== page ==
Phy-gital Roundtable: Breakfast Roundup from Germany and Netherlands

02 May '15 | Debjyoti Paul

German Shoppers: Meet Them in the Fast Lane to Phy-gital

15 January '15 | Ralf Reich

Shoppers Will Share Personal Information (But They Don’t Want to be “Friends”)

15 January '15 | Anil Venkat

Modernize or Perish: Property and Casualty Insurers and IT Solutions

14 January '15 | Manesh Rajendran

Benelux Reaches the Phy-gital Tipping Point: Omnichannel Readiness is Crucial

13 January '15 | Anil Gandharve

The New Omnichannel Dynamic: Finding Core Principles Across Industries

13 January '15 | Debjyoti Paul

Technology does not disrupt business – CIO day 2014 Roundup

02 December '14 | Anshuman Singh

Apple Pay – The Best Is Yet To Come

02 December '14 | Indy Sawhney

Digital transformation is a business transformation enabled by technology

01 December '14 | Amit Varma

3 Stages of FATCA Testing and Quality Assurance

06 October '14 | Raman Suprajarama

3 Reasons why Apple Pay could dominate the payments space

18 September '14 | Gaurav Johri

Beacon of Hope: Serving Growth and Customer Satisfaction

05 August '14 | Debjyoti Paul

The Dos and Don’ts of Emerging Technologies Like iBeacon

30 July '14 | Debjyoti Paul

What You Sold Us On – eCommerce Award Finalist Selections

17 July '14 | Anshuman Singh

3 Steps to Getting Started with Microsoft Azure Cloud Services

04 June '14 | Koushik Ramani

8 Steps to Building a Successful Self Service Portal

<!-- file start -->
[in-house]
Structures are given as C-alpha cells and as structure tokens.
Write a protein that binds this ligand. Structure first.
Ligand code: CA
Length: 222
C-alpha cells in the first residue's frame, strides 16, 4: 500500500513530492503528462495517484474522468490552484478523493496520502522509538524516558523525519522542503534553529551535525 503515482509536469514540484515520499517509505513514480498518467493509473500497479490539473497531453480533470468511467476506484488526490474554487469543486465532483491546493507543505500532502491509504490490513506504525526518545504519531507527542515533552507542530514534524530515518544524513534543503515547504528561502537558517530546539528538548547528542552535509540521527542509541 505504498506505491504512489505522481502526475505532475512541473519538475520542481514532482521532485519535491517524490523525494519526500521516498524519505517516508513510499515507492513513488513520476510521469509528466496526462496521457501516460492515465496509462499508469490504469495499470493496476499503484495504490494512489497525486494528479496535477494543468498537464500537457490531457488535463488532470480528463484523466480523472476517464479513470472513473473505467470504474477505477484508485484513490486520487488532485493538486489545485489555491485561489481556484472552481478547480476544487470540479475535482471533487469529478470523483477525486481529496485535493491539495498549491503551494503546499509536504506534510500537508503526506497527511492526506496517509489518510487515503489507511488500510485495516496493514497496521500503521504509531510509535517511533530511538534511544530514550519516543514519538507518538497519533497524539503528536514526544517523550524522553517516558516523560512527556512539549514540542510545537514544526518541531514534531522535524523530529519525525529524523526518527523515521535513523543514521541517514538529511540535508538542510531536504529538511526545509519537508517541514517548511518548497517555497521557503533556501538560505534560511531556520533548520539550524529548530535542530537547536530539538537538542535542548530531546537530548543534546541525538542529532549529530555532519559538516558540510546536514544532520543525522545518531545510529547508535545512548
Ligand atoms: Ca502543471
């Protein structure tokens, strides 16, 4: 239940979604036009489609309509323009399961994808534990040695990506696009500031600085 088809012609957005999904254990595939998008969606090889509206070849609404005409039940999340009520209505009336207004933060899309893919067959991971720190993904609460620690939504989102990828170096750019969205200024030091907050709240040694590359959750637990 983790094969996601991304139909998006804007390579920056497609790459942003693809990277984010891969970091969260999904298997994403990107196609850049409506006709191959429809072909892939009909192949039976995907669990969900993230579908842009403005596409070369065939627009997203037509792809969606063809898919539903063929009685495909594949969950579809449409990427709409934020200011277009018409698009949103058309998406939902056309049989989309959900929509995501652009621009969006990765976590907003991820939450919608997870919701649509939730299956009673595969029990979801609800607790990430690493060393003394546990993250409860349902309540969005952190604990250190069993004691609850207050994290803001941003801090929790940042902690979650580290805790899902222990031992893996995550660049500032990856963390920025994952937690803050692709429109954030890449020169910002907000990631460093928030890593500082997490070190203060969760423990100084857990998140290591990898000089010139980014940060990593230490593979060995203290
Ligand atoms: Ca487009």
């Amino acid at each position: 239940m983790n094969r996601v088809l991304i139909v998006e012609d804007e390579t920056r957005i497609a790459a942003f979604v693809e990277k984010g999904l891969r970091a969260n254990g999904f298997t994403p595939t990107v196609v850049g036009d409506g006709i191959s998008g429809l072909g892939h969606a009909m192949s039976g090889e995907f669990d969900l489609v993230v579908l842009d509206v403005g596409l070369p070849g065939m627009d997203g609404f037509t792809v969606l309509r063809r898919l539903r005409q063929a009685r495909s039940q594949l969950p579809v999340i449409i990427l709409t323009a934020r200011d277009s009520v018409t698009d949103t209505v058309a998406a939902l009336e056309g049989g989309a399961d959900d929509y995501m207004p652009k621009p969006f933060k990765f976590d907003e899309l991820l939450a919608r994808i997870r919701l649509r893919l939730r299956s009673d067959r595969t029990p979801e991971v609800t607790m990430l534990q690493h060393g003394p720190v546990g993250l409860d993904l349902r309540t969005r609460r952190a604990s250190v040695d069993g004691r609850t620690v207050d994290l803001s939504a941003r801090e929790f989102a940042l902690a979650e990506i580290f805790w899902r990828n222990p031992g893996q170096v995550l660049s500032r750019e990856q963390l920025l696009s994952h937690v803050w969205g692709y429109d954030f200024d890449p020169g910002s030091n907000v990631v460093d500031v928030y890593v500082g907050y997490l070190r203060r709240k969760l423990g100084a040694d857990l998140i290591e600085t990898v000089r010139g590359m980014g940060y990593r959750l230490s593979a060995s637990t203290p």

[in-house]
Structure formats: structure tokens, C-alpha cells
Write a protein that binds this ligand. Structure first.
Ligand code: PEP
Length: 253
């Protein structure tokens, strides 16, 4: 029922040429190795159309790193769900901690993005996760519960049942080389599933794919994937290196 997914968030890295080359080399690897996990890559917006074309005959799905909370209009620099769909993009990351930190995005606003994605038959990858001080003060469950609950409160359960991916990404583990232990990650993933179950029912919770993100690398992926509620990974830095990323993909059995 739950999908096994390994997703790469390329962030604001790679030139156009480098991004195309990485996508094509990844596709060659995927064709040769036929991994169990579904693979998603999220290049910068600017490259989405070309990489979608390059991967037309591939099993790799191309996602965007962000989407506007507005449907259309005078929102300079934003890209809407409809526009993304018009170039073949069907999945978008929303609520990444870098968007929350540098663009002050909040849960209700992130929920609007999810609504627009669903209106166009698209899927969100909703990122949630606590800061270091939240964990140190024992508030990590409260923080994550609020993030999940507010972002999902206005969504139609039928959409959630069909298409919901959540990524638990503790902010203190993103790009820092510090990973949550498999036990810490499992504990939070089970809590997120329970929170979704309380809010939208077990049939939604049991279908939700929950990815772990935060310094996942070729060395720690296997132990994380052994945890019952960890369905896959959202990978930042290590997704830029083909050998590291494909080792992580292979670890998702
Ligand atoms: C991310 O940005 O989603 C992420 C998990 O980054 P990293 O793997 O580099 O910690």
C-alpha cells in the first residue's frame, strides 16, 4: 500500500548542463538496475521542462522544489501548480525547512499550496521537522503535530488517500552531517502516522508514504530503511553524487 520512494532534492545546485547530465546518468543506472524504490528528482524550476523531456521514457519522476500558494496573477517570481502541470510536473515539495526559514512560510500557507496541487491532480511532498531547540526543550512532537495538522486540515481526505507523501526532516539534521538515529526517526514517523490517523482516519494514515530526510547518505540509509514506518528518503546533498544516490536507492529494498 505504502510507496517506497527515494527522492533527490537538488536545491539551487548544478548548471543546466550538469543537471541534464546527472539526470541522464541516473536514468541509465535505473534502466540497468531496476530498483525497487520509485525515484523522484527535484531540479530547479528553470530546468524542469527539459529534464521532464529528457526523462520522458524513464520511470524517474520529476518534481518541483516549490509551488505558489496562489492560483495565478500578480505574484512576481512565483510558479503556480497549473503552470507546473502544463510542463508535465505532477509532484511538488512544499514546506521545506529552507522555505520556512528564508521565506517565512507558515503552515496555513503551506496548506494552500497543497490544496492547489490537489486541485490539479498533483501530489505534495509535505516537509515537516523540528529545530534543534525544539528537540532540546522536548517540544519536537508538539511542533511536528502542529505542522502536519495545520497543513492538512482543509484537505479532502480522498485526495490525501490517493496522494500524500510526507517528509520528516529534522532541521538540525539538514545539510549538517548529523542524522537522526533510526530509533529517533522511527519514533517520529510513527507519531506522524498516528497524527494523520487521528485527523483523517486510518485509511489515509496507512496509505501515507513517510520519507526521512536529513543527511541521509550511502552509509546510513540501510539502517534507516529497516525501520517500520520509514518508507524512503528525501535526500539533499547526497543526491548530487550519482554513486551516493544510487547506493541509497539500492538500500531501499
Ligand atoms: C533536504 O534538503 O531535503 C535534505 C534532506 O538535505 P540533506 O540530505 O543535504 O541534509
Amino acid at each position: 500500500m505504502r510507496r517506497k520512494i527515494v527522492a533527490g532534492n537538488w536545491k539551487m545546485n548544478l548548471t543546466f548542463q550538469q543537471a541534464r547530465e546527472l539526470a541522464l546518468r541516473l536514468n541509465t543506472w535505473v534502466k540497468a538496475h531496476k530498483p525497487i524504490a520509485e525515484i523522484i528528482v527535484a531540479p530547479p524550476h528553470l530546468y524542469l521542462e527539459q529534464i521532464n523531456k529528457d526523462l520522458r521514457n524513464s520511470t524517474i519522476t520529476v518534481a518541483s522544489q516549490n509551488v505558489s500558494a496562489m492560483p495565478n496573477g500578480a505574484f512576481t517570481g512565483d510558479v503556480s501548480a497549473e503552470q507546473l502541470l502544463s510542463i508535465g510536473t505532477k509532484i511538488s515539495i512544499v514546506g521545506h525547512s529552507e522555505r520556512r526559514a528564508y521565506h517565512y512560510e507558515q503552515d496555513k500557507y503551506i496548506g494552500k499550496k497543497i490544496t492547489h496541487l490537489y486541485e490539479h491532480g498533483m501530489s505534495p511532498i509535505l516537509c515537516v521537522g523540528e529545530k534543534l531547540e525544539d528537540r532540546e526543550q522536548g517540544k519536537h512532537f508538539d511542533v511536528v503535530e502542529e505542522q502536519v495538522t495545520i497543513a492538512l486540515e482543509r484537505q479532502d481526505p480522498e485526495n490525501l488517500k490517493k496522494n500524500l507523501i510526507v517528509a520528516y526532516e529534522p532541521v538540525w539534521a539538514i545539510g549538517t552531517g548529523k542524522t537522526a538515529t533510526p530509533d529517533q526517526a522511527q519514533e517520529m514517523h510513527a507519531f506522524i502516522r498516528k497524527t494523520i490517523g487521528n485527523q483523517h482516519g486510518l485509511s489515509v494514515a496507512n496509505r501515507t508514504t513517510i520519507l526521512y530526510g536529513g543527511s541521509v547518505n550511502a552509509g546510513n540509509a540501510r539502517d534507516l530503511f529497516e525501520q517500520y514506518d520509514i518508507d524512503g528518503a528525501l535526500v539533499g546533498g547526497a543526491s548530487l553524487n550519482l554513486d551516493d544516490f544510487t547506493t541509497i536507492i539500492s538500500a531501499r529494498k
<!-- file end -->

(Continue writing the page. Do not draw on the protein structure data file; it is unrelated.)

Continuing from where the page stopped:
03 June '14 | Giridhar LV

Innovation outsourced – a myth or a mirage or a truth staring at us?

13 January '14 | Ramesh Hosahalli

What does a mobile user want?

03 January '14 | Gopikrishna Aravindan

Growing Project Managers into Program Managers

Posted on: 07 January '13

As a program manager, a question that I commonly face is: “We are starting a large program, and our team has a really smart project manager whom we would like to place in a program management role. Do you have templates you can give him/her to help get started?”

This question worries me, because this treats program management as a larger project, or something that can be achieved by a competent project manager with the right templates. I think this understates the difference in project and program management; the central difference being that fundamentally, they operate in different places in the knowledge funnel – a program manager primarily uses Heuristics while a project manager uses Algorithms.

I’ll summarize the ideas in a knowledge funnel below (a search for Roger Martin or the Design of Business will provide more details, including some of Martin’s slides on the topic, which I highly recommend):

The knowledge funnel has three stages, each with increasing knowledge of the problem to be solved. In the first stage, the problem is a mystery. The process of solving a mystery starts with questions, and we eventually develop certain ways of working called heuristics that allow us to tackle the mystery. As we develop more experience and expertise, we refine these ways of working into algorithms. Now, while each successive stage enables us to move faster and solve a problem with lower skills, it is however important to recognize that each stage ends up focusing on a smaller problem; we go from a larger mystery of delivering business value using IT to using an algorithm to deliver a specific project output (perhaps a tool customized to specifications).